Manitoba health minister rejects calls to resign after accusing 200-plus doctors of 'causing chaos'
'He should resign because an apology is the bare minimum,' NDP health critic says
Manitoba's health minister is facing calls to resign after he refused to apologize for questioning the motivation of a group of doctors who warned of "grave peril" if the province doesn't contain the COVID-19 pandemic soon.
At a committee hearing Tuesday, Cameron Friesen accused the group of more than 200 doctors and infectious disease experts of "causing chaos."
"If he doesn't apologize, he should resign because an apology is the bare minimum," NDP health critic Uzoma Asagwara said.
"It's the bare minimum of being accountable to Manitobans and accountable to the health-care providers who are literally putting their health at risk."
The health minister challenged the purpose of the letter, which called for stronger action from the province, including emergency funding.
"I get it, they're scared and they want the best for their patients and I absolutely agree," Friesen said on Tuesday.
"But I wonder at the motivation to produce that letter, to generate it at a time when they knew it would have maximum effect in causing chaos in the system when Manitobans need most to understand that the people in charge have got this."
The condemnation of Friesen's comments was swift on social media after the NDP posted a video of his remarks.
On Wednesday, however, Friesen resisted Asagwara's repeated calls to apologize.
Instead, he expressed gratitude for the work health-care workers accomplish every day.
"While I stand by the words I said yesterday … the timing is a challenge right now, because right now we really believe that Manitobans need reassurances," he told Wednesday's committee hearing. "The numbers for COVID-19 are continuing to travel upwards — that makes a lot of Manitobans very nervous."
The Morden-Winkler MLA also said the letter demonstrates some doctors are afraid, and it is the government's responsibility to take action to create a safe working environment.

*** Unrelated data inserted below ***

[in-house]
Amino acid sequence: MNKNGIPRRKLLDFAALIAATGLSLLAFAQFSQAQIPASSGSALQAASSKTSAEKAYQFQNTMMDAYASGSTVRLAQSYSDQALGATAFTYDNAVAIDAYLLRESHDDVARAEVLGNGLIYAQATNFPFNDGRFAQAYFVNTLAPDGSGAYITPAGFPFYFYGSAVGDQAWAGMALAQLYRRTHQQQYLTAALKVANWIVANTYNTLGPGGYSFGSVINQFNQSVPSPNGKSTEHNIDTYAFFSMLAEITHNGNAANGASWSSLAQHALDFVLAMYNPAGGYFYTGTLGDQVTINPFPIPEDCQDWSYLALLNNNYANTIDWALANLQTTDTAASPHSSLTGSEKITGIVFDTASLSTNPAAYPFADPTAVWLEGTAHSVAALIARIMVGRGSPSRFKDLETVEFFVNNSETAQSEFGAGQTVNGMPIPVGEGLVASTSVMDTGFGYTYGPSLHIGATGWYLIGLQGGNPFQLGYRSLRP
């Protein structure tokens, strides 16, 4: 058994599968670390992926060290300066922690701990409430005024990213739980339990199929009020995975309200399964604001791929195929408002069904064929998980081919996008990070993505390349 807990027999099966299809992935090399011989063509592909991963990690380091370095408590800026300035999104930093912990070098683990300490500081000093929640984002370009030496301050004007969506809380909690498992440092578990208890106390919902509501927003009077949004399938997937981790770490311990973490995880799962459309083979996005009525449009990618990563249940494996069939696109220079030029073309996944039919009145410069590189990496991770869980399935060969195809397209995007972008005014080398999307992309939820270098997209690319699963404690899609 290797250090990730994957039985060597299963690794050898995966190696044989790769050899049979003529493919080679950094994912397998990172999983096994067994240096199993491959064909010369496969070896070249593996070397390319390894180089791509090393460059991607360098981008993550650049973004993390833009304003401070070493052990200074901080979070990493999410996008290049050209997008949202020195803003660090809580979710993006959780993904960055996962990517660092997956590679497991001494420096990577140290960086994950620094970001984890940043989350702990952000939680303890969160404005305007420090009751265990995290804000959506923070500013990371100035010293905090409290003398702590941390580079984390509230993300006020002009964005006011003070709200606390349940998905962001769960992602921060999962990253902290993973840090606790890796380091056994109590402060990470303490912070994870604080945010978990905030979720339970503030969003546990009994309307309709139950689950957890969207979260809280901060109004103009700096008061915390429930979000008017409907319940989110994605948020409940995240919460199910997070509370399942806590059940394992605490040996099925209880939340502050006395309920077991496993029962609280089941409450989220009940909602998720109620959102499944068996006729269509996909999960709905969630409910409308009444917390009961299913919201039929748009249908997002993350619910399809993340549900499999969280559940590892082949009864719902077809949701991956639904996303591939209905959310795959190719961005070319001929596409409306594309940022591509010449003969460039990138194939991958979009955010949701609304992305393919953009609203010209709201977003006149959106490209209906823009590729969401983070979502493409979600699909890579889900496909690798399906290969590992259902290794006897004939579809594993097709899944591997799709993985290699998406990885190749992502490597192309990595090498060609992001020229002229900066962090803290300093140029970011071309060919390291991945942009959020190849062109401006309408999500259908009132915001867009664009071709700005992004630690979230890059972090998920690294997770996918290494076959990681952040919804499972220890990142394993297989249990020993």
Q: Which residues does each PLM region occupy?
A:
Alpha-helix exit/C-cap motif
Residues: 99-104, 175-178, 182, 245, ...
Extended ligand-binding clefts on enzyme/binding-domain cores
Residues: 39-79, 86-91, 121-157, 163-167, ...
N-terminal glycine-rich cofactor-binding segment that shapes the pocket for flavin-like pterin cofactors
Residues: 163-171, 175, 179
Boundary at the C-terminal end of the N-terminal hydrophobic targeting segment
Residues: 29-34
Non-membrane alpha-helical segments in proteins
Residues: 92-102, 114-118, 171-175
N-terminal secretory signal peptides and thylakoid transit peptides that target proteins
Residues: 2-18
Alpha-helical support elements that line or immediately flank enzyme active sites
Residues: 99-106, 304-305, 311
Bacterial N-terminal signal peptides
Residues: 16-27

Manitoba Liberal Leader Dougald Lamont argued that asking Friesen to tender his resignation as health minister is justified. He had already asked Friesen to step down a few weeks ago, insisting the government was unprepared for the pandemic's second wave.
"Everybody else out there has to face consequences when they screw up, and that doesn't happen in this building and it should," he said.
Many in the medical community took offence to Friesen's controversial comments.
"I'm a bit astounded at his reaction," said Dr. Dan Roberts, a physician and former director of the medical intensive-care unit at Winnipeg's Health Science Centre.
"To question the motivation of concerned physicians is a bit extreme and saying that 'he's got this,' I think is hubris.
Another physician, Dr. Eric Jacobsohn, said many of his colleagues found Friesen's remarks ill-conceived, but they're fearful to speak out.
"It's a bit of a sad indictment of a system where well-meaning people, hard-working clinicians … in an excellent public health-care system feel vulnerable giving their opinions," he said.
"I think that's the antithesis of what our health-care system is meant to be."
Also at question period, Premier Brian Pallister defended his health minister, stating Friesen has "taken the lead" in boosting COVID-19 testing capacity, hiring nurses and shortening hospital wait times, among other measures.
"That's what this minister has done and that's what he's going to darn well keep doing."
Friesen's spokesperson said the minister couldn't speak to media on Wednesday because he had to go straight to a committee hearing after question period. CBC News approached him as he walked out of question period, but he walked back inside.
With files from Karen Pauls